This process is also a good example of corrosion, where metal surfaces are degraded into more chemically stable oxides.

2. Boiling An Egg

Type: Inorganic change

Raw eggs contain complex networks of protein and water. There are nearly one thousand water molecules to every one protein molecule.

Protein molecules are relatively big, containing hundreds of amino acids bound together into long chains. The chains are folded into compact globs, and these globs are held together by weak chemical bonds (non-covalent).

When you apply heat to eggs, their molecules move faster and collide.  As the temperature rises, the rate of collision increases. The weak bonds (that hold the amino acid chains) start breaking apart, and the egg proteins unfold. Eventually, the protein strings become tangled into a three-dimensional web.

The boiled egg now contains water that is dispersed in the protein web so it can no longer flow together. And this turns the liquid egg into a semi-solid.

Basically, you have changed the chemicals that make up the egg by applying heat. It’s an irreversible change, which means the cooked egg cannot be turned back into a raw egg.

1. Photosynthesis

Type: Biochemical change

Photosynthesis is a process used by plants and other organisms to produce their food. In this natural process, light energy (sunlight) is converted into chemical energy.

Plants are primary producers that form the base of our ecosystem and fuel the next trophic levels. They use photosynthesis to transform sunlight, water, carbon dioxide into oxygen and simple sugar.

6CO2 + 6H2O + Light energy → C6H12O6 (sugar) + 6O

Since photosynthesis requires external energy (sunlight) to drive the chemical change, it is an endothermic reaction. This process is not only used by plants to make food and grow, but it also has a massive effect on our atmosphere and oceans because it absorbs carbon dioxide and produces oxygen.

Without photosynthesis, there would be too little oxygen on Earth — it won’t be enough for humans to survive.

Read: 12 Examples Of Thermal Energy In Everyday Life

Frequently Asked Questions

What is the difference between chemical change and physical change?

A physical change affects the form of a substance. It involves changes in properties such as strength, durability, melting point, crystal form, volume, density, shape, size, color, and texture. A good example would be tempering steel to form a knife blade.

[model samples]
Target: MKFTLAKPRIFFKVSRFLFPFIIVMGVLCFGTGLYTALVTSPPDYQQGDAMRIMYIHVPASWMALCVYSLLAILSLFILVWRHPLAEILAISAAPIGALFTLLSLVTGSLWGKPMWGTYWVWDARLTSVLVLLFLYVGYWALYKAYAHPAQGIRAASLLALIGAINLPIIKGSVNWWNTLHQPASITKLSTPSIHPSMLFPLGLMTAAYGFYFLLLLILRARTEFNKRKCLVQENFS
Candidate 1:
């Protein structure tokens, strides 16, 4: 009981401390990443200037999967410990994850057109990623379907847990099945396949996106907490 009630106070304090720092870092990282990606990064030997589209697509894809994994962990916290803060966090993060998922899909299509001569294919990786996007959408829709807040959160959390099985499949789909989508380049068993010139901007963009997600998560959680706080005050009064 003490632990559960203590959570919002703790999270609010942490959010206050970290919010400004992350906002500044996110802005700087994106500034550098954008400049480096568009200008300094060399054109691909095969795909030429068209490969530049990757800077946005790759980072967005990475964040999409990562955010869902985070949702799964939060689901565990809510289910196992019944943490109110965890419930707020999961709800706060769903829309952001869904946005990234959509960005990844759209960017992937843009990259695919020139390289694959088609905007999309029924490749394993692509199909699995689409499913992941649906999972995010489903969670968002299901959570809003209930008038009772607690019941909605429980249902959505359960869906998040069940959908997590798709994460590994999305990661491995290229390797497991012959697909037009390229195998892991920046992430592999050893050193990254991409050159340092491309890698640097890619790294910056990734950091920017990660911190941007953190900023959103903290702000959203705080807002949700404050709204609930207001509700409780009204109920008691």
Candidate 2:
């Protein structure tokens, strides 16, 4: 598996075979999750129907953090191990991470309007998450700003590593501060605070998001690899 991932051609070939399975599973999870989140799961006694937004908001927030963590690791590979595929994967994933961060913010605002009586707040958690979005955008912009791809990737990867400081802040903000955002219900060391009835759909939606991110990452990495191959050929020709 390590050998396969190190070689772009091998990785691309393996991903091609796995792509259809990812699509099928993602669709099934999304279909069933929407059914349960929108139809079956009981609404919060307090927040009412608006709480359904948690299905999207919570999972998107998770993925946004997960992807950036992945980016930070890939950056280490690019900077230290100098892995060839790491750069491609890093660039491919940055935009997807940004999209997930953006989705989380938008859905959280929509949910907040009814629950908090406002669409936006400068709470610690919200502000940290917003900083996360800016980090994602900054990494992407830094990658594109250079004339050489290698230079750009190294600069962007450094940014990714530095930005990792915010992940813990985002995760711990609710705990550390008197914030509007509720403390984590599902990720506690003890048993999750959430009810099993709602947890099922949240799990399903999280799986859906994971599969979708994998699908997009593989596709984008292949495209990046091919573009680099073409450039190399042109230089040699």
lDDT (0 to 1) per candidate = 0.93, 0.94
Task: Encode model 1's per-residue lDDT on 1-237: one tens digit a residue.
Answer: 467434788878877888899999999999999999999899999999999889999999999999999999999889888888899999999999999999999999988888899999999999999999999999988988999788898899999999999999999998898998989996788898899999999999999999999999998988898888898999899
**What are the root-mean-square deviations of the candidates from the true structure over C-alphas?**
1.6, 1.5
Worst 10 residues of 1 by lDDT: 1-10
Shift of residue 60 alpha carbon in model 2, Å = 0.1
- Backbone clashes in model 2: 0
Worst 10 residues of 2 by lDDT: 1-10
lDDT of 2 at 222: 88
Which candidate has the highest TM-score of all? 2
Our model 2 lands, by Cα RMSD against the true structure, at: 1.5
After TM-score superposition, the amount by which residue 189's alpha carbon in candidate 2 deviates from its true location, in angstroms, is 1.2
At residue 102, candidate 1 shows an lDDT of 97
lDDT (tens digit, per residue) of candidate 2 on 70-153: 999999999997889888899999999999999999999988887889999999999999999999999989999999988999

The chemical change, on the other hand, involves alterations in the composition of the substance. It occurs when different substances combine to form new substances with new properties. These chemical reactions are irreversible and accompanied by an energy change.

How to Identify a chemical change?

It is not always easy to figure out whether a chemical change has occurred (as opposed to a physical change). However, one can look for signs such as:

  • Change of color or order
  • Decomposition of organic matter like food and vegetables
  • Change in energy or temperature, such as loss (endothermic) or production (exothermic) of heat
  • Formation of gases or precipitate
  • Change in composition, such as woods become ash when burned
  • Changes impossible to reverse
  • Some chemical reactions produce light

Read: 14 Best Examples Of Radiation And Their Effects

Which substance cannot be altered by ordinary chemical changes?

An element is a pure substance that can never be reduced to a simpler form by any chemical reaction. This means you cannot convert an element into another element or decompose it via ordinary chemical means such as electrolysis, heating, or reaction. Oxygen, nitrogen, gold, and silver are examples of pure substances.

Written by
Varun Kumar

Varun Kumar is a professional science and technology journalist and a big fan of AI, machines, and space exploration. He received a Master's degree in computer science from GGSIPU University. To find out about his latest projects, feel free to directly email him at [email protected]